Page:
Aug. 7, 2019
For Immediate Release
Waterloo – Wilfrid Laurier University’s Cold Regions Research Centre is bringing international delegates from the circumpolar region and representatives from Indigenous communities together for a week-long conference in Yellowknife that will examine northern regions hydrology and the role of Indigenous communities in research.
The 22nd Northern Research Basins Symposium and Workshop will be held Aug. 18-23, primarily at the Chateau Nova Yellowknife. Organizers are inviting the general public, particularly members of Indigenous communities, to participate.
“The idea of bringing researchers and Indigenous communities together is really founded in the idea that there are different ways of knowing,” said Professor William Quinton, director of the Cold Regions Research Centre and Canada’s chief delegate to the Northern Research Basins symposium. “Because the challenges of climate change are so great, we need to get everyone moving forward together.”
The Northern Research Basins working group, which is associated with UNESCO, the United Nations Educational, Scientific and Cultural Organization, has been meeting in rotating host countries since 1975, typically once every two years. This is Canada’s fourth time hosting the symposium. This year’s theme will be engagement between Indigenous communities and researchers.
“This will be a great opportunity for Canada to showcase to the circumpolar community Laurier’s unique partnership with the Government of the Northwest Territories, as well as to highlight how our researchers engage with Indigenous communities, because although there is still a long way to go, I think Canada and the NWT in particular are leaders in this regard,” said Quinton. “Indigenous communities are facing the challenges of climate change day in and day out, so they need to be leading discussions.”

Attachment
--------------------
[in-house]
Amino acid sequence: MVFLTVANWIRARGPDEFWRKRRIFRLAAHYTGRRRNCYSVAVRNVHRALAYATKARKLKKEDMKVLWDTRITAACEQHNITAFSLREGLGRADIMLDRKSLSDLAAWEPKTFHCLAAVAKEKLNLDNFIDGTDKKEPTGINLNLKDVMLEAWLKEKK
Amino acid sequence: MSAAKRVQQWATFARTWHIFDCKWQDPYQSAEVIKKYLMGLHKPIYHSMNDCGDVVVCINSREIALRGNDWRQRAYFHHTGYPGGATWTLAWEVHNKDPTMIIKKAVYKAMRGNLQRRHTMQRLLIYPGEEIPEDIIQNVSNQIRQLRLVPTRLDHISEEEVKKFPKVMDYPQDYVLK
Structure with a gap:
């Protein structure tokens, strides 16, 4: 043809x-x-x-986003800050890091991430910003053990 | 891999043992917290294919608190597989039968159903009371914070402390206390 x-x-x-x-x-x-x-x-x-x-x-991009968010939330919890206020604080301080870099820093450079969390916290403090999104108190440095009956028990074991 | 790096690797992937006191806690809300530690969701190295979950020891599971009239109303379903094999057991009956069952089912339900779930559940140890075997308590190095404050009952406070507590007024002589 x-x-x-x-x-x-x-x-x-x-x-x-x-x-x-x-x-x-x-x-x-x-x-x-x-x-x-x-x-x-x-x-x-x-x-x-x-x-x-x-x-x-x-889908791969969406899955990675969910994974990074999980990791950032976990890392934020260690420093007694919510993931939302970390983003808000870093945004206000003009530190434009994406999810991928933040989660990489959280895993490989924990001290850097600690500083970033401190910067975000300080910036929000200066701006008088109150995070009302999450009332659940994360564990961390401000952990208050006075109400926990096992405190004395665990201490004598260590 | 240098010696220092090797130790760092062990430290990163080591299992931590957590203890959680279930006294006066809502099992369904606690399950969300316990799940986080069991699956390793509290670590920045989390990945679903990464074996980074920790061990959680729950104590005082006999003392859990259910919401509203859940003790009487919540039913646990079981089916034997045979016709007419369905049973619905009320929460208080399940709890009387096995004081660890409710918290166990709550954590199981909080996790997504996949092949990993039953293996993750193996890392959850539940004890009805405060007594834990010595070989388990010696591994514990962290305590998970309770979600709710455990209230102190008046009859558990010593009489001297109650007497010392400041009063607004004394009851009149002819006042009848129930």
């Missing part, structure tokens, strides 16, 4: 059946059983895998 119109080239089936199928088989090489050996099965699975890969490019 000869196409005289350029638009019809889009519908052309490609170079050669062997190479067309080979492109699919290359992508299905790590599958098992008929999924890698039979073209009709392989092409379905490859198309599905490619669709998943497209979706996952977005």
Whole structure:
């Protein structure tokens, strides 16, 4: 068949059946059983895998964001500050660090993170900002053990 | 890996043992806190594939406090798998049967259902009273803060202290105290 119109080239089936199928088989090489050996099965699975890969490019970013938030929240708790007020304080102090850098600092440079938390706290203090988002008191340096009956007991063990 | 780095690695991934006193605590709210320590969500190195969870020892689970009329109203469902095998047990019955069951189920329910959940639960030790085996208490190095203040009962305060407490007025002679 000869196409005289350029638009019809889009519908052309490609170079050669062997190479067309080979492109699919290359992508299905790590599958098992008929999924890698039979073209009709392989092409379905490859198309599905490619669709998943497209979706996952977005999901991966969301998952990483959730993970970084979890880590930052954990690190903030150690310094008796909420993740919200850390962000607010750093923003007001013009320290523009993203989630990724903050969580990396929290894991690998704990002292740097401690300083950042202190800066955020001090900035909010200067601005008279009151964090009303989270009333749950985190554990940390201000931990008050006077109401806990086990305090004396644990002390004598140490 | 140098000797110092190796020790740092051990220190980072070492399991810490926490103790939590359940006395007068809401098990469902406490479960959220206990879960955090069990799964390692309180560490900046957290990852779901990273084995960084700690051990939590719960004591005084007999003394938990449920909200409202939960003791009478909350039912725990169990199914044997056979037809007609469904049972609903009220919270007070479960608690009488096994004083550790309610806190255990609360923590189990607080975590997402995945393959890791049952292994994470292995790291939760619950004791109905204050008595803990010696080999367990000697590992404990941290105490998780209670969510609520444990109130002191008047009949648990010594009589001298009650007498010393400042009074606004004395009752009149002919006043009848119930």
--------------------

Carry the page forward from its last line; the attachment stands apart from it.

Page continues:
Organizers are especially keen to attract community members to panel discussions taking place Thursday, Aug. 22 and Friday, Aug. 23, which will focus on how communities and researchers can work as partners in learning. The earlier part of the conference will focus on northern hydrological science. Members of the public and media interested in attending should contact firstname.lastname@example.org.
“By bringing people together from across the circumpolar region, we hope to nurture new collaborations, to learn about the experiences and perspectives of different communities and projects, and develop a more complete picture of how systems are changing in response to climate warming,” said Quinton.
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